Just learned about "aged" coffee beans

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coffeeloverlisa

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Am I the last to know? Is my ignorance showing?

Found out about this weird phenomenon on Twitter while talking with a couple of my of my coffee pals.

http://ezinearticles.com/?What-is-Aged- ... id=2774199

Apparently a rare and "not for everyone" taste, this is like the Blue Cheese of coffees? Just ordered 20 pounds and I am going to dream up a name and design for my Black Label rare coffee series.

Any info??

Cheers!
 

PinkRose

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Hi Lisa,

I'm guessing that the aged coffee you're referring to is like the Monsooned Malabar coffee....I tried that one and to me it tastes like dirt (or moldy wood or something like that). We had a short discussion about it on this forum a while back (maybe before you found us?).

There is always so much to learn about the world of coffee.

Rose
 
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coffeeloverlisa

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Funny you should say that! My roaster/coffee adviser George said aged coffee was BS.

I immediately canceled the order but later I got a shipping confirmation from Sweet Maria's. If it gets shipped not the end of the world but thanks for confirming!

Lisa
 

ElPugDiablo

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Aged coffee is not necessary BS. I had a batch of aged Sumatra that is aged in a warehouse that is exposed to gentle sea breeze. Where as a typical Monsooned Malabar is "aged" in about six months, the aged Sumatra I got took two years to age. With roasting tips from Alun I got a really nice grassy herbal cup. Unfortunately, good aged Sumatra, like any good coffee, is hard to come by.
 
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coffeeloverlisa

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Thanks for your educated reply, Pug. This is why this forum is very important to me. The balanced insider info is great.

Getting the real goods would be of course vital, and I do trust Tom and Maria at Sweet Maria's to deliver them. However, getting my roaster to do the job perfectly when he is skeptical might be an issue.

And, with me being only hearing about these beans yesterday, I might not be the one to sell them properly just yet, since I would not know if they were right. Only being in this business for coming up to 2 years, I'm still quite the noobie sometimes.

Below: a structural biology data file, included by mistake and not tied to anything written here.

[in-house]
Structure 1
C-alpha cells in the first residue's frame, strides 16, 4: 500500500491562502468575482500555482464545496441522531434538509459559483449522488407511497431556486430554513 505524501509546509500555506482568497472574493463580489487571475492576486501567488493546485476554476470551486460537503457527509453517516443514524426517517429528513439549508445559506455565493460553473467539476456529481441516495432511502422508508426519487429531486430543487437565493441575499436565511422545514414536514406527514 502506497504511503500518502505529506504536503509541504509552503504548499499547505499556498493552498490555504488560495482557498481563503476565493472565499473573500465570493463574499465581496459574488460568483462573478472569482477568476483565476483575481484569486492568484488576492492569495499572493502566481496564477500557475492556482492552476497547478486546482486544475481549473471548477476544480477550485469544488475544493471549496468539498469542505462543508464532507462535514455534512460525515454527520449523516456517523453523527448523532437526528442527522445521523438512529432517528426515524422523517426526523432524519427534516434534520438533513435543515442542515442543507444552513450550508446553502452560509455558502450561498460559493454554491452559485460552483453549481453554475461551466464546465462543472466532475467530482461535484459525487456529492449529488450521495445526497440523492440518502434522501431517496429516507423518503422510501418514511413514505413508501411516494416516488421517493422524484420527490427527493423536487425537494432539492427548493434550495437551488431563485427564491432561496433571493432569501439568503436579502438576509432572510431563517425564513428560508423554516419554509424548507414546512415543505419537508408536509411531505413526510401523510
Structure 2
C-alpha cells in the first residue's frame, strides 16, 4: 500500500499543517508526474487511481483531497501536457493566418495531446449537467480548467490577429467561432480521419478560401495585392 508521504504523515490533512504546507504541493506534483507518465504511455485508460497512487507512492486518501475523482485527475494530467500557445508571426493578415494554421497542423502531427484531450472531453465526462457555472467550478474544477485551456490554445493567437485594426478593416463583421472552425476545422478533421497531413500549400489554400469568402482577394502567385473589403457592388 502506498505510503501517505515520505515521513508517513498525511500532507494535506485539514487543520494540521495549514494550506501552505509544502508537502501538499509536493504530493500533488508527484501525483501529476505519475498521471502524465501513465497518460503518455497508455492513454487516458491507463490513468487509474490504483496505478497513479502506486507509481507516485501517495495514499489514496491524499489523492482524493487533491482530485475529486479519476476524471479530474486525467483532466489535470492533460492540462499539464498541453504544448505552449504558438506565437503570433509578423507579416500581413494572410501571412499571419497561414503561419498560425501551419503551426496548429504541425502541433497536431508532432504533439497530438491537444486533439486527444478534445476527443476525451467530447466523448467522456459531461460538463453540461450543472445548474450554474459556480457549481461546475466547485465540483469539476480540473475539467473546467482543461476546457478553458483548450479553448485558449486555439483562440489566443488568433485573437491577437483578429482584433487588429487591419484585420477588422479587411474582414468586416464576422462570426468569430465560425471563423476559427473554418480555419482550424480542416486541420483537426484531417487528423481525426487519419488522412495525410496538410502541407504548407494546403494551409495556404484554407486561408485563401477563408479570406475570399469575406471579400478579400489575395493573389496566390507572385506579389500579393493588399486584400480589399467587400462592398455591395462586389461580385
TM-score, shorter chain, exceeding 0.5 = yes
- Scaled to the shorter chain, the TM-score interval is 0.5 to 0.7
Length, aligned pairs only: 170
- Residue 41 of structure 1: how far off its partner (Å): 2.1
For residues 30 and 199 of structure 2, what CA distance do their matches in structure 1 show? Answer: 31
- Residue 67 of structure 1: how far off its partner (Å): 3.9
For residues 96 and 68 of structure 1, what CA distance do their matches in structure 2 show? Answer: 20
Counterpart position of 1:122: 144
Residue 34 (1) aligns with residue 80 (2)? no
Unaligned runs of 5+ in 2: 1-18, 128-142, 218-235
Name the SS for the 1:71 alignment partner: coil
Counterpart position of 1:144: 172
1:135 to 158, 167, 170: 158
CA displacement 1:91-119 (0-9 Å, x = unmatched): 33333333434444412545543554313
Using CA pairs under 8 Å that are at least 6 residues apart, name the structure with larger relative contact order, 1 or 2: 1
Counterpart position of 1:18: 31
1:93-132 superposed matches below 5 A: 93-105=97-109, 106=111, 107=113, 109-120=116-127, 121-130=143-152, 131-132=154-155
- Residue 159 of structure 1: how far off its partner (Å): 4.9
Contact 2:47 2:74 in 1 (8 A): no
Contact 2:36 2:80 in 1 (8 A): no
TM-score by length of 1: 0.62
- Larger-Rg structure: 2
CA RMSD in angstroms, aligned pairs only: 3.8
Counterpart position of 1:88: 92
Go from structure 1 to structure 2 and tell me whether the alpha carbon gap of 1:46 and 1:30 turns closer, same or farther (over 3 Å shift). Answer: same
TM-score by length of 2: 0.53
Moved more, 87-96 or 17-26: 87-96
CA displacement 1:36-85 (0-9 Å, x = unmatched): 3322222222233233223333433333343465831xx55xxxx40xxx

It has taken me a good part of a year to become a fussy and particular champion of Kopi Luwak. I stand behind the bean to a point where I challenged my supplier and he replaced 4 pounds.

This is the tough part of selling rare exotic stuff!

Cheers!
 
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coffeeloverlisa

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Oh and my order was canceled no problem. I am a good customer and they are an amazing company!
 
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coffeeloverlisa

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It was from Sweetmaria's
 

paulina12

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PinkRose said:
Hi Lisa,

I'm guessing that the aged coffee you're referring to is like the Monsooned Malabar coffee....I tried that one and to me it tastes like dirt (or moldy wood or something like that). We had a short discussion about it on this forum a while back (maybe before you found us?).

There is always so much to learn about the world of coffee.

Rose

I've heard Moonsooned Malabar is the finest Indian coffee. It's funny how you speak of this coffee when everyone around me is praising it, but that's your choice, of course.
What I think about the aged coffee is that everyone has its own preference. We were told for years that the fresher is the coffee bean, the tastier is your coffee. Maybe it's not an axiom and we should give the aged coffee a chance? I would do that for sure but no one has ever offered me a cup of that coffee :(
 

PinkRose

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Hi "paulina12"

It's true that some people enjoy the taste of "aged coffee."

However, I tried Monsooned Malabar last year, and I didn't like it one bit. There are other kinds of aged coffees available, and some may be better than others.

I would be interested to hear what you think when you actually get around to tasting an "aged coffee" such as Monsooned Malabar. As you can see by some of the postings on this forum, some people like it, and some people don't.

Rose
 

PinkRose

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Hi Lisa,

The description of that coffee is very interesting. I could see why you wanted to order it. It looks like one of those coffees that needs to be roasted perfectly, otherwise it could turn out to be a huge disappointment.

Rose
 
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coffeeloverlisa

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Well we may want to take a chance on it here, but George, my roaster, does a minimum 20 pounds and what the heck will I do with it if no one wants it?


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